Post pandemic, though, dating apps are facing a reckoning

Post pandemic, though, dating apps are facing a reckoning

“What makes you think your person is in your city?” Germany says. “If they’re a car ride away or a short plane ride away, it could work.”

The pandemic changed a lot of preconceived notions about factors like distance and geography. With remote work and flexible schedules, people can be less stringent about where and when to meet-and those who are seeking long-term relationships are interested in doing so safely, thoughtfully, and with value for their time. (All of these initiatives are free, though Germany offers matchmaking services apart from TikTok that start at $300.)

Of course, advertising yourself for a date or getting set up by “someone who knows someone” is not a new concept. And before Tinder and other apps made swiping through potential romances normal for millions of people, Missed Connections and Craigslist personal ads were a digital mainstay for finding a special someone. During the pandemic’s early lockdown days, Zoom matchmaking became trendy too.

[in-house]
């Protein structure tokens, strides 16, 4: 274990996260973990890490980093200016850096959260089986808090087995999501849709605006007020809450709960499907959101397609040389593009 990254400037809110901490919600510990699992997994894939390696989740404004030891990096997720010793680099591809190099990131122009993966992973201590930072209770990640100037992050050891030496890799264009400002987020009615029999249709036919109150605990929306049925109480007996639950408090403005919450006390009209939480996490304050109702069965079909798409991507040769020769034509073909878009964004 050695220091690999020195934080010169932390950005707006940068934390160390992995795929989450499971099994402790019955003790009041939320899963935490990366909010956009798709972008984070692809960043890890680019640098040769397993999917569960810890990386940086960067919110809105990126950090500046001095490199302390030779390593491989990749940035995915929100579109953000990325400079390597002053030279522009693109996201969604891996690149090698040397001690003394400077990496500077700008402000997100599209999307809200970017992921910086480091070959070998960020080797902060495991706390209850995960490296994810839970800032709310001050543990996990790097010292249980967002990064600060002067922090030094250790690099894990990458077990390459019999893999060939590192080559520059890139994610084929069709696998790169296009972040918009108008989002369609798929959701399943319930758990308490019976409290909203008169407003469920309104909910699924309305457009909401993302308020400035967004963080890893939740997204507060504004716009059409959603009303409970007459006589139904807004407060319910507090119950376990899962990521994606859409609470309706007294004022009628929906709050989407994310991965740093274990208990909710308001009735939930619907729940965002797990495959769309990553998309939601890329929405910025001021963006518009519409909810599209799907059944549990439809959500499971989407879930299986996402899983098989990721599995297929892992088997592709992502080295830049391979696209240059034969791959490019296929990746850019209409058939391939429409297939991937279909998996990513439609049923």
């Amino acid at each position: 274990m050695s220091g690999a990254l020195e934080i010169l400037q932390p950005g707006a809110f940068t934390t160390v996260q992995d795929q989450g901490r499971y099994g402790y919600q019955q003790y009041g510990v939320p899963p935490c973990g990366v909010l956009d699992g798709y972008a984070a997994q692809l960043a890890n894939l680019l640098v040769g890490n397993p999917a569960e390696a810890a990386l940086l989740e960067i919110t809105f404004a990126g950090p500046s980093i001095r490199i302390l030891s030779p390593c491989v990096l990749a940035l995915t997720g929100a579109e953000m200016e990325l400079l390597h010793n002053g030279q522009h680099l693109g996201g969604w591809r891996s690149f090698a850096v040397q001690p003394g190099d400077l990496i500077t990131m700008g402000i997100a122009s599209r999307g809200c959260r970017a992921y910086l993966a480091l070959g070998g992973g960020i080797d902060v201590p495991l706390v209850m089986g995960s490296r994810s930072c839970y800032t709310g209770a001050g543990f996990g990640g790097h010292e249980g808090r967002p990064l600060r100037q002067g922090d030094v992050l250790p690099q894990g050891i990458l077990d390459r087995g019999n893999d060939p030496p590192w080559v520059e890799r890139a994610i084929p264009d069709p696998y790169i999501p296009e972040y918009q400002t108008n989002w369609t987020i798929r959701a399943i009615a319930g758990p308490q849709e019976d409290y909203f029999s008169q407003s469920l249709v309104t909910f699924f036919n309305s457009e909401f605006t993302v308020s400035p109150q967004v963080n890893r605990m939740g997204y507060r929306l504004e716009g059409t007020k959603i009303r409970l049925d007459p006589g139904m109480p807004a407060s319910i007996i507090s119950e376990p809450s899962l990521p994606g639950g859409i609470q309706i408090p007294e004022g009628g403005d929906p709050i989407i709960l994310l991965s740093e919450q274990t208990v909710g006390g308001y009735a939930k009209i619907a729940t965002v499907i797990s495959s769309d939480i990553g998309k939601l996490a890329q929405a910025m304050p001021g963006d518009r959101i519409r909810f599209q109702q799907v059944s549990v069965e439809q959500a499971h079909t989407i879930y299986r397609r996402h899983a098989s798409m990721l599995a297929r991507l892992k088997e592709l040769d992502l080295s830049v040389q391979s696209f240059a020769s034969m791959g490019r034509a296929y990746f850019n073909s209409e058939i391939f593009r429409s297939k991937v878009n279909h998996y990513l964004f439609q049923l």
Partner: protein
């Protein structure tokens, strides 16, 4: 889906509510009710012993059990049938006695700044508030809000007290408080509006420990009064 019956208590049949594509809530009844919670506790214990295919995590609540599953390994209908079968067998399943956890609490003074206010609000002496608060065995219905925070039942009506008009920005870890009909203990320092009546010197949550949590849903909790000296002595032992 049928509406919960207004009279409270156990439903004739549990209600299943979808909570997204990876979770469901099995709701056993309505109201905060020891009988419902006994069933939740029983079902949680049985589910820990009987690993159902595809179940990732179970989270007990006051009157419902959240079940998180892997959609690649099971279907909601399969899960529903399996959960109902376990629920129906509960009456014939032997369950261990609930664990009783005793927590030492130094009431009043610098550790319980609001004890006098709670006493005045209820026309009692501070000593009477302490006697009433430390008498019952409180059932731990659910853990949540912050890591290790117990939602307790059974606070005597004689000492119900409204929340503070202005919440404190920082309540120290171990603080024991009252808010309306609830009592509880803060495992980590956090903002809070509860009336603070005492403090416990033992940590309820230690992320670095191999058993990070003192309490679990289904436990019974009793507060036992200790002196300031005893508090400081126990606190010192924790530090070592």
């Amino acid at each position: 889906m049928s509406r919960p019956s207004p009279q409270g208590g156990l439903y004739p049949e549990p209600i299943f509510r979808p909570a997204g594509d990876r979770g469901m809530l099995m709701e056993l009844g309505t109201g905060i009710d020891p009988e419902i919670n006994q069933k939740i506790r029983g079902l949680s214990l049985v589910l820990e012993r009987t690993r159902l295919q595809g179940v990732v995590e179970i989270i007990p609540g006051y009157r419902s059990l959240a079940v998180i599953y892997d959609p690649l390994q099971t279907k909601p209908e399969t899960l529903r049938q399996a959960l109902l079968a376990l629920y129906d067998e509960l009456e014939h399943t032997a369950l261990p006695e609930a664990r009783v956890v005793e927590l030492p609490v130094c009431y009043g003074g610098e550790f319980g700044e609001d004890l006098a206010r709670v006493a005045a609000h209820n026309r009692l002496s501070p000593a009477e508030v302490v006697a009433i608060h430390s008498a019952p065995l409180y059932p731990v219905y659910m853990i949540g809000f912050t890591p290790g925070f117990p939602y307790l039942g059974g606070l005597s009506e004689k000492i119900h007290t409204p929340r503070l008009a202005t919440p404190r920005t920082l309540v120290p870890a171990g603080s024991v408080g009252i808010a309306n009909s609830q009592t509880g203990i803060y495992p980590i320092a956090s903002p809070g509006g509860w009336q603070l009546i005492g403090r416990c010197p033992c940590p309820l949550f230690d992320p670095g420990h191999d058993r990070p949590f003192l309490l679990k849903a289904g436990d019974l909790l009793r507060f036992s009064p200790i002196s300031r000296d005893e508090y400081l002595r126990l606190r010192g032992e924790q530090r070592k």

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But if you’re in the market to find a special person today, dating apps, by and large, are still the leading strategy. A Pew Research study released just a month before the pandemic shut down most of the world found that 30% of Americans had reported using one. For those aged 18 to 29, that number jumps to 48%, and for queer people it is even higher, at 55%. And while everyone likes to dunk on these apps, 20% of young and LGBT people have entered a long-term relationship with someone they met that way. Read more